who became first a knight of the British Empire and then its most dangerous defector. By seeing imperialism as a human rights issue - at first in the southern hemisphere and then at home - Sir Roger Casement applied an altogether more threatening analysis to British Irish relations than the usual Saxon vs. Celt clichés. Casement's sexuality, and the way in which his private life was manipulated for public effect, tells us much of the lengths to which the powers that be were willing to go in countering this critique. The Sonata comprises five core movements tracing this tragic trajectory.</p> <p><strong>Casement</strong></p> <p>Roger Casement was born in Sandymount into a family with long links
 to the British Empire and world travel. After the early death of his father, 
he was raised in England and partly in Antrim by relatives before going
 to sea at the age of fifteen. A traveller after the classical mould, Casement spent many years in the service of the Empire, including the Congo and Peru, twilit zones where Belgian and Latin American imperialism were notably corrupted by greed and the booming rubber trade. A man of letters and poet, Casement knew Joseph Conrad and George Bernard Shaw, and is undoubtedly the major influence on both the narrator Marlow and antagonist Kurtz of <em>Heart of Darkness</em> (as embodied by Marlon Brando in <em>APOCALYPSE NOW</em>, Coppola's cinematic reimagining of that novella); as well as Saint Joan in Shaw's tragedy of the same name. He remains the most controversial, globally relevant and contemporary Rising leader.</p> <p><strong style="font-size: 12.1599998474121px; line-height: 1.3em;">The Sonata</strong></p> <p>The Casement Sonata represents a new auditory genre, an ambient poem
 which unites the tradition of narrative and dramatic verse with the rhythm
 of contemporary electronic and trance music. Following the classic sonata sequence from exposition and development to recapitulation, the work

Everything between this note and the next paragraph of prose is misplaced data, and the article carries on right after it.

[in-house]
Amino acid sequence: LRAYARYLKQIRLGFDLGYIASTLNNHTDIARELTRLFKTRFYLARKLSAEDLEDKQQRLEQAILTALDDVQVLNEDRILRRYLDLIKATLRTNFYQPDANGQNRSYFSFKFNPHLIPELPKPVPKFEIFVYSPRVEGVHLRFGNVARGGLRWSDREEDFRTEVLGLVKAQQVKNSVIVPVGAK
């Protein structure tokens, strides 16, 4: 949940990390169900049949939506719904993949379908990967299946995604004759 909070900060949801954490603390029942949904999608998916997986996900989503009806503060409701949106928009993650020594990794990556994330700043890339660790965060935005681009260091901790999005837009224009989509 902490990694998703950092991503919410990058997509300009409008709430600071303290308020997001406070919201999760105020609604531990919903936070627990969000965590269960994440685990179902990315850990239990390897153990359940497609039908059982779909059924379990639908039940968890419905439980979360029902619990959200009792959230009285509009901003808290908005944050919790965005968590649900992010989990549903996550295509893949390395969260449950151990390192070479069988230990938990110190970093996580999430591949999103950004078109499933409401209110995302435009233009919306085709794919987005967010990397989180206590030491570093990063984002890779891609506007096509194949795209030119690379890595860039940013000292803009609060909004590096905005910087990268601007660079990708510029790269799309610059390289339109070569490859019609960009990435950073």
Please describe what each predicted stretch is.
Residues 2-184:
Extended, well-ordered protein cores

moves from stability (as represented by Casement's return to Ireland) to 
instability (as heard in his earlier African and South American adventures) and back to renewed stability (as evidenced in his innermost thoughts after sentencing). Gavin Friday inhabits the deep interior of the words, letting his audience experience the global unfolding of Casement's tragedy in re-imagined real time. Formally, the hexameter or six-beat lines of blank verse echoing classical epic gradually give way to terza rima - Dante's purgatorial metre - and finally, elegiac couplets, the ancient Roman metre as practised by the great Latin poets like Ovid. Married to the contemporary soundscape of ambient music, the result is singular.</p> <p><strong>Banna Strand</strong></p> <p>The first movement in the Sonata re-enacts the emotional universe 
of Roger Casement as he returns to Ireland in extraordinary conditions.
Travelling from Germany via the U-19 submarine, Casement capsized
 on the dinghy bringing the conspirators home during the dark early hours 
of Good Friday 1916. He regains consciousness on the Kerry strand like
a long-lost Crusoe returned to civilization. He has been away from Ireland,
 his mothership, for years - confined and landlocked in a wartime Germany.